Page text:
Minimum wage decline and broken promises: Workers express frustration after eight years

Minimum wage decline and broken promises: Workers express frustration after eight years

Nigerian workers have claimed that their living conditions were better under the previous minimum wage regime, despite the increase in the minimum wage in 2019. The current minimum wage of N30,000 is worth less than the N18,000 paid to the least-paid Nigerian workers from 2011 to 2018, according to reports. Workers have noted that the inflation rate was between 8% and 18% during that period, with single-digit inflation from 2013 to 2015.

This stands in contrast to the current consumer price index, which has risen to more than 20% in the past 18 months. The minimum wage was raised when the monthly composite CPI level was 274.6 points in December 2018. However, in the last month, it rose by 90% to 552.4 points, suggesting that Nigerians are spending almost twice as much on general consumption. The price level for food, which accounts for more than half of the CPI basket, has increased by 110%, from 296.4 points to 626.7 points.

According to analysts, the country’s year-on-year changes in prices are over 50%, and some essential items have doubled in price in the past year. 

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The inflation rate has been compounded by other issues such as the devaluation of the naira, low wages, widespread insecurity, rising living costs, a struggling education sector, a failing healthcare sector, a high unemployment rate, and the “Japa” syndrome, which refers to the emigration of young Nigerians to other countries.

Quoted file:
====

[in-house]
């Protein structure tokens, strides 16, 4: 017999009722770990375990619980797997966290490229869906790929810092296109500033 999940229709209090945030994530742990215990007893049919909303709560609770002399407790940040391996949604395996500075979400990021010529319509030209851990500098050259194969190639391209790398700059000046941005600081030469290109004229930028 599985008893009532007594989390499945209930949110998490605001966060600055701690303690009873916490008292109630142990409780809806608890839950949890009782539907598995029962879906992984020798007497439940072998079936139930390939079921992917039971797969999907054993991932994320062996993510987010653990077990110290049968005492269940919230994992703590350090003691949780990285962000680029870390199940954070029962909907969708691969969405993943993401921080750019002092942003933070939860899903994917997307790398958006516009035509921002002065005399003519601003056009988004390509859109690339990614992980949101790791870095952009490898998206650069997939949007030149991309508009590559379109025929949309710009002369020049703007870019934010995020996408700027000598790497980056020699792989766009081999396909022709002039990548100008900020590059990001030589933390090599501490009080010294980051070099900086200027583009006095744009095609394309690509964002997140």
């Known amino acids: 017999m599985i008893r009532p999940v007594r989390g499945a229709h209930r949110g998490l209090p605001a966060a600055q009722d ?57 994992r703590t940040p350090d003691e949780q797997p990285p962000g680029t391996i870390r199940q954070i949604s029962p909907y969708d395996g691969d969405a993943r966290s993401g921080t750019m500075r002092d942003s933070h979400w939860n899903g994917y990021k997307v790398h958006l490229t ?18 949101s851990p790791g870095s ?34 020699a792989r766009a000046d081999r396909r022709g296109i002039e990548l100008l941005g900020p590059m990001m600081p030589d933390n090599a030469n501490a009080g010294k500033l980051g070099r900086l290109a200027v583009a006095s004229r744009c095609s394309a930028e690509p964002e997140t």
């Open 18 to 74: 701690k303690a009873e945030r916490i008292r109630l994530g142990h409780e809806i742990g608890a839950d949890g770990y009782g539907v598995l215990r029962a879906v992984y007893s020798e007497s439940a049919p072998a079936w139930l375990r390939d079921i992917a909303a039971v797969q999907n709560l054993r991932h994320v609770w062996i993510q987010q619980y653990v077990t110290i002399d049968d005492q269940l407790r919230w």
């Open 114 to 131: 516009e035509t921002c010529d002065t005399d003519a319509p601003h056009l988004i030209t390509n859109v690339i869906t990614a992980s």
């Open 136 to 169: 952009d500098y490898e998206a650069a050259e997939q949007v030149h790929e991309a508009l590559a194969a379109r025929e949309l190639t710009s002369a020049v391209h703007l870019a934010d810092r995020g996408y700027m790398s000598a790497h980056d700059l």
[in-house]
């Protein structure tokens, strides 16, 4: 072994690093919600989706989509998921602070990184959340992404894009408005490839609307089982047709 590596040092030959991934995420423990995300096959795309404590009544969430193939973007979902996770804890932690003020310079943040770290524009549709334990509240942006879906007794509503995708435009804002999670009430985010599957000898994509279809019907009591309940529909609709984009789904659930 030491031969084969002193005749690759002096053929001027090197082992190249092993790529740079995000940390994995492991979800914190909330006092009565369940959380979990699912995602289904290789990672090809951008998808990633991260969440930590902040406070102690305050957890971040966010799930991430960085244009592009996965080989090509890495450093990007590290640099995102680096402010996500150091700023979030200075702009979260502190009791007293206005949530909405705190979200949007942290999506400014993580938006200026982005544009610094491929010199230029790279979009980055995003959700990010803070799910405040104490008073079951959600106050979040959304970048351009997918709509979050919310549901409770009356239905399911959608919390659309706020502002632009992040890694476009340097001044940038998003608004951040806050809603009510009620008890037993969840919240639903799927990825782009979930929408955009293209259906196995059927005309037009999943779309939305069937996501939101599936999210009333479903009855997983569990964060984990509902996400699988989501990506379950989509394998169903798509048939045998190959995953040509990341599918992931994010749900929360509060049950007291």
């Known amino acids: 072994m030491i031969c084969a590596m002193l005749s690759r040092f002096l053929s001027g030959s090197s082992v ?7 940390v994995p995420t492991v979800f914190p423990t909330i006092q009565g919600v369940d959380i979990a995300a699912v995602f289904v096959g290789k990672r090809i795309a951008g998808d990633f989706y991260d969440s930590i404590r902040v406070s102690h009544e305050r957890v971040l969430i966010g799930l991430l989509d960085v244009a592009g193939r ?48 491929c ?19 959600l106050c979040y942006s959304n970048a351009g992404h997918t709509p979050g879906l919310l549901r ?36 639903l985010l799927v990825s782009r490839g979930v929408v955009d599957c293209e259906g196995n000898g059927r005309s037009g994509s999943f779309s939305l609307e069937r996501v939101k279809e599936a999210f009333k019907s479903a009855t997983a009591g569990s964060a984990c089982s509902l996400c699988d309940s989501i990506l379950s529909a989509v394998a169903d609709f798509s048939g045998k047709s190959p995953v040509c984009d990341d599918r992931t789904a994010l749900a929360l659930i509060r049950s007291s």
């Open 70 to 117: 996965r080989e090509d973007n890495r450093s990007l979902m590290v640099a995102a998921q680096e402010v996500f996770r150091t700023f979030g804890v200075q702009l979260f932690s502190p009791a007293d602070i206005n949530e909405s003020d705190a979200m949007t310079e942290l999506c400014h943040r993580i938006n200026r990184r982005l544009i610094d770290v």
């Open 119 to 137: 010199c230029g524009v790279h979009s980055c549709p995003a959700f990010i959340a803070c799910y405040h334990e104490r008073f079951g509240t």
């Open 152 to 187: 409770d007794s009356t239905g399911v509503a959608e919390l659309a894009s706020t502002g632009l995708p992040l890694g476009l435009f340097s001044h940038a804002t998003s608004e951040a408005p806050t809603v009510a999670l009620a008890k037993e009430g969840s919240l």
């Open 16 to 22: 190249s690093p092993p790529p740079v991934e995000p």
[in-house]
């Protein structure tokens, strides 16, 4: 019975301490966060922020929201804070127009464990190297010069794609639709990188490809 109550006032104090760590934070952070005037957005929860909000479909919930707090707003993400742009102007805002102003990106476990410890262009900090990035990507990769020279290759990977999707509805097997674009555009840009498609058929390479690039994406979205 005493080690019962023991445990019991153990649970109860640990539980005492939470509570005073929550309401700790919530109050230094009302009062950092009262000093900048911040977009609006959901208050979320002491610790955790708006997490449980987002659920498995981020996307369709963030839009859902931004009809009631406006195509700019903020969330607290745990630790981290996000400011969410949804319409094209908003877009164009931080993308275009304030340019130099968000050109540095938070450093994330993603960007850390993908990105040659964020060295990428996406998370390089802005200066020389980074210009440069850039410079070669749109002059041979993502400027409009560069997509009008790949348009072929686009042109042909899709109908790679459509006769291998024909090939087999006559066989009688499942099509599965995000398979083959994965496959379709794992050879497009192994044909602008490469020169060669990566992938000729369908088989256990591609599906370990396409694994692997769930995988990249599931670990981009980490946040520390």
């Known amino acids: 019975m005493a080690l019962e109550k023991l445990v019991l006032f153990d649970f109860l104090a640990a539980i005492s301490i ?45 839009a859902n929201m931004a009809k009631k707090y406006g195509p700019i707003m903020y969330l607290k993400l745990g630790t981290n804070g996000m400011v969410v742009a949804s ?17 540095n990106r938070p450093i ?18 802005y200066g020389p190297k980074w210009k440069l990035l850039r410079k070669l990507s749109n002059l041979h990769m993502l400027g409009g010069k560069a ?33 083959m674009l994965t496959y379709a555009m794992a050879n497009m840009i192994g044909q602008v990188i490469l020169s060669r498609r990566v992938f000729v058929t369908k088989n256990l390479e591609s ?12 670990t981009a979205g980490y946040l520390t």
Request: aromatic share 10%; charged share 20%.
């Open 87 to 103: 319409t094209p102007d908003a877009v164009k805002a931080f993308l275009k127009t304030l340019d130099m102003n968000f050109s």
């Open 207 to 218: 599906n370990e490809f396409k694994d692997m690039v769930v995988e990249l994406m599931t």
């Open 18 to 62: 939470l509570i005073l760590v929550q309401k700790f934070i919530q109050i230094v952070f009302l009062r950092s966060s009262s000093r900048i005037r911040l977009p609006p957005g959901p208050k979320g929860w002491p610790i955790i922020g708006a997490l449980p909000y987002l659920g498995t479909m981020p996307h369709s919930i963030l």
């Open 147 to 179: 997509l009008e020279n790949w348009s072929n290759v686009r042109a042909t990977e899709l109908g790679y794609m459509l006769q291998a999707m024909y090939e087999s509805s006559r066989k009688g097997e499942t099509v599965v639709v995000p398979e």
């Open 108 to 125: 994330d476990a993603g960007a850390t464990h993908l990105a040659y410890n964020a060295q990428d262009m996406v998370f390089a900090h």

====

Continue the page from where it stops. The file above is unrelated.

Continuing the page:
Workers have expressed their dissatisfaction with the current administration and are calling for a reduction in their burden, particularly on May Day. However, they do not expect any real change, as the current president’s term is coming to an end, and the incoming president is yet to take office. 

Many workers have bemoaned the fact that their monthly take-home pay has been eroded, making it difficult to afford essential goods and services. The high cost of living has forced some people to borrow money before their next salary arrives. According to Moses Adeleye, life has been tough for workers, and he was happier receiving N18,000 in 2011 than he is now with the N30,000 minimum wage.

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Adeleye’s sentiment was shared by Joy Eluma, a level nine civil servant and mother of four, who claimed that her salary was spent on food items before the end of the first or second week of the month.

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